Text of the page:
In the early stages of Pakistan weaponizing its nuclear capability it had, indeed, gestured to where its nuclear threshold lay. As could be deciphered, first-use of nuclear weapons was predicated on four thresholds:  large territorial setbacks, comprehensive military attrition, economic collapse and political precariousness. The deterrent logic these thresholds described was really quite unmistakeable for they also provided to Pakistan a context for maintaining conventional power. However, this rationality flew in the face of the acquisition of tactical nuclear weapons (TNWs). The perception widely held among commentators in India is that the four threshold doctrine has since been trashed. “Full-spectrum deterrence” is what Pakistan today makes its arsenal out to be. Central to this doctrine is the integration of TNWs with conventional forces and a callow belief that the nuclear escalatory ladder is in control of the first striker. This abstruse doctrinal tangle suggests that Pakistan not only fails to take account of India’s nuclear response but is also convinced of their ability to initiate a nuclear war and survive unscathed from the encounter.

To establish where Pakistan’s nuclear threshold lies conceptually is a baffling task. However, for Pakistan to escalate to the nuclear dimension in response to an Indian conventional riposte to a major terror assault traced to GHQ Rawalpindi cannot be consistent with their “full spectrum” doctrine since the riposte does not come as a result of the latters failed conventional action which is the “first tier” of the spectrum. Rather, in this frame of reference, the nuclear first-use threshold must be assessed in the context of political realities, state policy that finds unity with jihadists and military capability. An ambiguous nuclear doctrine in these circumstances cannot alone determine the nuclear threshold; what it can do is calibrate the uncertainty that it imposes and in the process limit both extent and intensity of the riposte.

Nuclear thresholds are neither fixed by geography nor by time but determined more by severity and purpose of military action, which by some national gauge or a combination of triggers, will lead to the decision that a threshold has been breached. As may be deduced from Pakistan’s peace-time nuclear posture, lack of high-technology-persistent-ISR, absence of a cyber and outer-space capability, and the fragility of the second strike, their nuclear threshold may not lie at the low end of the scale. Reason being the first tier of the spectrum may not have quite ruptured in the early stage of a crisis while the second strike remains unfledged. And yet it is equally clear that threat of nuclear use has been brought out of the backdrop to a position from where nuclear deterrence becomes a looming immediacy.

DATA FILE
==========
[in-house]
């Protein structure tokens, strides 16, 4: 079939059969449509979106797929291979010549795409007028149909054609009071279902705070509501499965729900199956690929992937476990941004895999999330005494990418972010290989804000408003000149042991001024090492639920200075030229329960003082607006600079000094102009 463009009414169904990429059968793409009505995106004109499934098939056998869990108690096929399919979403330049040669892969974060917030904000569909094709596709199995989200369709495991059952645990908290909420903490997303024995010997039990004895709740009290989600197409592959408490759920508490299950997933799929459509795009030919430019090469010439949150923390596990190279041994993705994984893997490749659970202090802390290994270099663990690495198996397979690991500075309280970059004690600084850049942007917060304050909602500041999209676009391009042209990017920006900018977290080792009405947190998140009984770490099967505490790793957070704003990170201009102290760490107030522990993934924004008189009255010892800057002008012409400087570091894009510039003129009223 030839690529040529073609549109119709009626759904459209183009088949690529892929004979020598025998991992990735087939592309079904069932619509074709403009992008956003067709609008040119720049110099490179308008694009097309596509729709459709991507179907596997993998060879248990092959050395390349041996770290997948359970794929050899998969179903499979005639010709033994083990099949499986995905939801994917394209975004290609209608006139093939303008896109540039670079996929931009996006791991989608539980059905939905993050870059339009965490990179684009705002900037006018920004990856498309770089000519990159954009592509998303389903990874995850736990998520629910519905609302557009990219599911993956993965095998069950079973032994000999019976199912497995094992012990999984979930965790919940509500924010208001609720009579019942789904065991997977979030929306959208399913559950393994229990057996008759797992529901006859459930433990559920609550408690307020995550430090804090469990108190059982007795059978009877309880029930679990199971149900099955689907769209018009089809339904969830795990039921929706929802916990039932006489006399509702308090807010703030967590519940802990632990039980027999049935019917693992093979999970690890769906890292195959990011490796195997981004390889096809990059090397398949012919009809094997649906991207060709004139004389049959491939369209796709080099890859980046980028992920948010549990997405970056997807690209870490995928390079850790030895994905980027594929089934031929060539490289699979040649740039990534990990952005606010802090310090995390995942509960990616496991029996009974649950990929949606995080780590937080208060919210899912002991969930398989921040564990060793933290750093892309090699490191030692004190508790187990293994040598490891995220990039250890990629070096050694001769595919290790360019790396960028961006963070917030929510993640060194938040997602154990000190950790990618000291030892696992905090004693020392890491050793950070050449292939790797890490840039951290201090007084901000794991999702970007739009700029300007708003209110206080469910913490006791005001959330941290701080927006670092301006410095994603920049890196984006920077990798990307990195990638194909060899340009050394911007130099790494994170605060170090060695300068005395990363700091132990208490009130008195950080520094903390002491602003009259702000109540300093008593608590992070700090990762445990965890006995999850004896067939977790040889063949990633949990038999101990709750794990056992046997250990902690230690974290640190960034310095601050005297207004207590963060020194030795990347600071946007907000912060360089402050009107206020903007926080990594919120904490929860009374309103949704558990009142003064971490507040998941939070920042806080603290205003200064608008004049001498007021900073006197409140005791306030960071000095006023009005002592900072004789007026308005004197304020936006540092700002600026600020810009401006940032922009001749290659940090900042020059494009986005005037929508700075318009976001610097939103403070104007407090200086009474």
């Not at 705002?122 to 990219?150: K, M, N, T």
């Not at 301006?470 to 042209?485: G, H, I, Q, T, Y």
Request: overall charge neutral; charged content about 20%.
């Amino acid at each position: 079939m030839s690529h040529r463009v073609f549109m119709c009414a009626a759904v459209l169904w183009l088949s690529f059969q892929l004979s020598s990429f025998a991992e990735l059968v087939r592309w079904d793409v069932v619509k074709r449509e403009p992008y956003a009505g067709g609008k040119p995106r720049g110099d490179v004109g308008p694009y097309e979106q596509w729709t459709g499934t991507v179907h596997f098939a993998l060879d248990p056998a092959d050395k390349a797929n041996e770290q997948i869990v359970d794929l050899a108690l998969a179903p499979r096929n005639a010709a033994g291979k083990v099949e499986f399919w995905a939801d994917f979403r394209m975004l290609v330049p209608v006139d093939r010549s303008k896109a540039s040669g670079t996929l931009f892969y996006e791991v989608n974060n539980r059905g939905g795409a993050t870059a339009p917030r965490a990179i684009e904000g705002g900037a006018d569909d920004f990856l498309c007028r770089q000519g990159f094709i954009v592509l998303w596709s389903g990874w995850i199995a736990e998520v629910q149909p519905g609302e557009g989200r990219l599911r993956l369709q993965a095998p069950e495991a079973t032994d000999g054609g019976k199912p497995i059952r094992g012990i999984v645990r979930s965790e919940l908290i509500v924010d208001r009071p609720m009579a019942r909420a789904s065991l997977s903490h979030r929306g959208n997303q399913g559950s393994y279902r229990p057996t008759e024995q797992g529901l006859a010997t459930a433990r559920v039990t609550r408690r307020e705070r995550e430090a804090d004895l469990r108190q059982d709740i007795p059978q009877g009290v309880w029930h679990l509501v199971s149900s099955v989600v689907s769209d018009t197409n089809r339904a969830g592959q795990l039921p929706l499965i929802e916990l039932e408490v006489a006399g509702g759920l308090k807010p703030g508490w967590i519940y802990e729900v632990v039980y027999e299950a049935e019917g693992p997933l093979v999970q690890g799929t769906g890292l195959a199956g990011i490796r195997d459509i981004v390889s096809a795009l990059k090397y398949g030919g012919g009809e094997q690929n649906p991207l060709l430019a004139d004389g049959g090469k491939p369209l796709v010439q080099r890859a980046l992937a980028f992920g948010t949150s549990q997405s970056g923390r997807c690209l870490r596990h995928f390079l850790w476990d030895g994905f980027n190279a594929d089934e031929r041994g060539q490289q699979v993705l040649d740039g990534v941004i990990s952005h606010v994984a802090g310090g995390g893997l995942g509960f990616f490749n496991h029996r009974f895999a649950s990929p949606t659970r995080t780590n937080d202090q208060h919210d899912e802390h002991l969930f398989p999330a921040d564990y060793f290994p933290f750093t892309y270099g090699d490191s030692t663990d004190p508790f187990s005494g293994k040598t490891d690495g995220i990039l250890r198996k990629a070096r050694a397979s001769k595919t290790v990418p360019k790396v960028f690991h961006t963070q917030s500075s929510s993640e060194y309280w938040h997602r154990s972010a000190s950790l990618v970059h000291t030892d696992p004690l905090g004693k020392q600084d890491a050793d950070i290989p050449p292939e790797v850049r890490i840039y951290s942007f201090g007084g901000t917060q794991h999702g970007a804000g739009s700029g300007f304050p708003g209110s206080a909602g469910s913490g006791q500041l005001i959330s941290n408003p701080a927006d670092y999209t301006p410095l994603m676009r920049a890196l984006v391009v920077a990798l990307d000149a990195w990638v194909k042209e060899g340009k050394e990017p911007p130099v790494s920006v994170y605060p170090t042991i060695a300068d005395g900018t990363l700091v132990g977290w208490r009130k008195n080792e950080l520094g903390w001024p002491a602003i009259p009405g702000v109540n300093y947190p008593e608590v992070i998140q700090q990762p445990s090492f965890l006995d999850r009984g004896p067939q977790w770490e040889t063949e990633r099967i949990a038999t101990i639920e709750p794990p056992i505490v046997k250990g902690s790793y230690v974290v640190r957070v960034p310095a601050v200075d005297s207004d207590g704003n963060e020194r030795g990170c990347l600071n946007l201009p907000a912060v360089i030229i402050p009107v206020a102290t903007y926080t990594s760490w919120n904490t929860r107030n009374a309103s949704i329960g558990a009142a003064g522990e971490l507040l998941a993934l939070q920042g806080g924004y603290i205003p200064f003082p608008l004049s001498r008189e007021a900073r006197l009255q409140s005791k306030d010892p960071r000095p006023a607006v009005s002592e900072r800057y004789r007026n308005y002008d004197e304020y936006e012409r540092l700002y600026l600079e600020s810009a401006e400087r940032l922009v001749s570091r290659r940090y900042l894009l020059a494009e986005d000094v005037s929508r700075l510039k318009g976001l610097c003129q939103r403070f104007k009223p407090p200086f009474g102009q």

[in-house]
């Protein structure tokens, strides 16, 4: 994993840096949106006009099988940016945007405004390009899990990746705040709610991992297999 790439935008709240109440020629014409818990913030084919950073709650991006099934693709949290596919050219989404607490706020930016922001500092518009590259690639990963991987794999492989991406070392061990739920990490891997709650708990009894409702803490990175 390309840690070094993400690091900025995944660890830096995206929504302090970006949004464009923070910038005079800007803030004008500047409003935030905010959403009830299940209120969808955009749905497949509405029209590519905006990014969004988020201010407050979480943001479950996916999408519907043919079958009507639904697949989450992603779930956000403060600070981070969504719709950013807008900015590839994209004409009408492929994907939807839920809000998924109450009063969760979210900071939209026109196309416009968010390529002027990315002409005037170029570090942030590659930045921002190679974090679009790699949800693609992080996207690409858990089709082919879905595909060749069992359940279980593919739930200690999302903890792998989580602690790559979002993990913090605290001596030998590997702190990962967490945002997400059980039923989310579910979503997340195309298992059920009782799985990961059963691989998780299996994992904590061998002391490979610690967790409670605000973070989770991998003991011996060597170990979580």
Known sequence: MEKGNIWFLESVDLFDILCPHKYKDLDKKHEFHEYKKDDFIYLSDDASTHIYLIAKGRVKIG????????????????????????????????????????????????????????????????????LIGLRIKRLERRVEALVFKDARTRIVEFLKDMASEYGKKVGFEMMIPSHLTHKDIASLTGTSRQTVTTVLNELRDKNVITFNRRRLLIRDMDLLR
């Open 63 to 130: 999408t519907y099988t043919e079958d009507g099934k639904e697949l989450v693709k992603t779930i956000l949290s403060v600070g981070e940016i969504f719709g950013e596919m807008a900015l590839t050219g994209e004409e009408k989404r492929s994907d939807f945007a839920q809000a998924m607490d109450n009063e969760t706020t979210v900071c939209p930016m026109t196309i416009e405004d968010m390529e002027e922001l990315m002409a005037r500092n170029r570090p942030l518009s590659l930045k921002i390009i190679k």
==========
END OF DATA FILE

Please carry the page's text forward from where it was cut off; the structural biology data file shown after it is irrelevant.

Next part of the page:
‘Jihadi Aggression’ and Nuclear Deterrence

By

Vice Admiral (retd) Vijay Shankar

This article was first published on the Institute for Peace and Conflict Studies Website in September 2015

Pakistan’s use of terror organizations as a tool of state policy to wage unconventional war against India [1] has perverse consequences that link sub-conventional warfare with nuclear escalation. This bizarre correlation, Pakistan will have the world believe, comes to play if and when India chooses to respond with conventional forces to a terror strike puppeteered by their “Deep State.”[2]

Notwithstanding the reality of interstate relations that finds expression in a byzantine system of the larger un-codified international relations, common ground exists in the challenges that threaten the very existence of the State. Military power, economics, politics, religion and the dynamics of change provide very convincing provinces within which to fix challenges, yet it is the hazard of mass destruction that, without debate, presents itself as the “emperor-of-challenges.” Willingness of the Deep State in Pakistan to catalyze such a scenario, keeping that country always “on the brink” in order to preserve the position of the army, the ISI and the jihadis as upholders of the State, is the peril of our times. And yet if this be the substance then it must equally be true that willfully enabling a nuclear exchange carries the immanence that will finish the Deep State. Keeping the nation persistently on the edge has left Pakistan’s internals in a state of violent turmoil, as several interest networks such as the elites that drive military autonomy, the security apparatus, enfeebled political groups and the fractured jihadis battle for supremacy. The circumstances are fraught since the fallout is demise of (already impoverished) democratic institutions and the wasted idea of a unified Pakistan. In this milieu the cracks in control of nuclear weapons are apparent. After all, the internals may, in the extreme, catalyze the use of nuclear weapons in a plot that begins with a terror strike on India.